As one means of quieting the outside noise, Graham, who deactivated his social media accounts amid the earliest wave of WWCD backlash, threw himself into the work of creating a station that could perhaps in time reverse the public tide. He continued to build out the station's wide-ranging playlist, and he started hosting a three-hour morning show dubbed “The Morning After,” which incorporated in-studio guests and lively person-on-the-street-style interviews recorded on his cell phone.

“The premise was the morning after the show or the morning after whatever you did last night,” said Graham, who started to shake loose some of more hermetic tendencies he developed post-Covid, expanding his concert-going beyond just seeing his friends’ bands in an effort to make the station’s programming more reflective of the Columbus music scene as a whole. He also started to hatch plans for a series of specialty programs dedicated to a wide swath of sounds, including one focused on hardcore, another on hip-hop, and even one on bar bands.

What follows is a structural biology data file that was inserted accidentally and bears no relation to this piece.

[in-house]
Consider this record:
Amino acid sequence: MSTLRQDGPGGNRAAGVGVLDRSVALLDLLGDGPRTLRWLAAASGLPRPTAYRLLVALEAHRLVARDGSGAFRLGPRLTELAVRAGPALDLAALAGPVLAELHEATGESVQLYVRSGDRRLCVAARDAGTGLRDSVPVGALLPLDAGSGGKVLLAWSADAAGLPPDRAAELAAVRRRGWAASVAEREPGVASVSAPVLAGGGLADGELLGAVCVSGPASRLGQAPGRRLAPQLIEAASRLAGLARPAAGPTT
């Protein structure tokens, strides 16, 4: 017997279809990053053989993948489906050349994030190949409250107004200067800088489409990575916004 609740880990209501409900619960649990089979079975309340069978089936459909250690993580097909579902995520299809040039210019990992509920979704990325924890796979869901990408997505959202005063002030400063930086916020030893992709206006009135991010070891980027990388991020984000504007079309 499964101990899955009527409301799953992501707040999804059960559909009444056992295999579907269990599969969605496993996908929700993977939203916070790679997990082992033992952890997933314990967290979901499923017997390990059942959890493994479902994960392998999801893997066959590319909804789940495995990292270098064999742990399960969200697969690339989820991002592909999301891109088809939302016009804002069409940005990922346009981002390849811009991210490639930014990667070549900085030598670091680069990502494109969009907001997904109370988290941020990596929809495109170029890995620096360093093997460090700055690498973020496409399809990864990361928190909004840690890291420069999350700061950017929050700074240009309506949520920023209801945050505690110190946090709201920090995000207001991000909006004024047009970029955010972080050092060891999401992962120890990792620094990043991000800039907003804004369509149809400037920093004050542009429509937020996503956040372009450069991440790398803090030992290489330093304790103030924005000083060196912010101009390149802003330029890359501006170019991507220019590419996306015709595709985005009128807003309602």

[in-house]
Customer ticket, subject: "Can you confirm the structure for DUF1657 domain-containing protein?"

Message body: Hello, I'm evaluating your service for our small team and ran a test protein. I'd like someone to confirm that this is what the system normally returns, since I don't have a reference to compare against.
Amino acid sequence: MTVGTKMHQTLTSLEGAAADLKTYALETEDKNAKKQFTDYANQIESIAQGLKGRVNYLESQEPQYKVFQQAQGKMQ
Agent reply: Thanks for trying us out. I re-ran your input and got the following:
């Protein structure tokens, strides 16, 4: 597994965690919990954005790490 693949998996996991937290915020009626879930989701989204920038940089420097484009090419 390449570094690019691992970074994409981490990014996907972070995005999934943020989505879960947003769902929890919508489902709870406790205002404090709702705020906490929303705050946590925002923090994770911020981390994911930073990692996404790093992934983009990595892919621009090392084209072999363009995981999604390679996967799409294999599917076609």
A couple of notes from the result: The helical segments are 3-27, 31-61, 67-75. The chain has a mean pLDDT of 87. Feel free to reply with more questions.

Listeners were beginning to take notice, too. In a brief postscript on the whole WWCD-93X affair, Pat Leonard of Radio 614 lamented the loss of 93X on the radio dial, praising Graham’s inventiveness and both his dedication to the local music scene and to the craft of radio in general. But even those public posts I saw on Facebook that lauded the comparatively experimental direction taken by 93X were offered up with a degree of restraint, so as to not be interpreted as a slight against WWCD.

“It was almost like even the artists who were getting their music played on the new station had to be careful not to be too excited about it, because there could be a backlash,” Smith said. “But of course they were excited about it, because for many of them it was their first time being played on the radio, period.”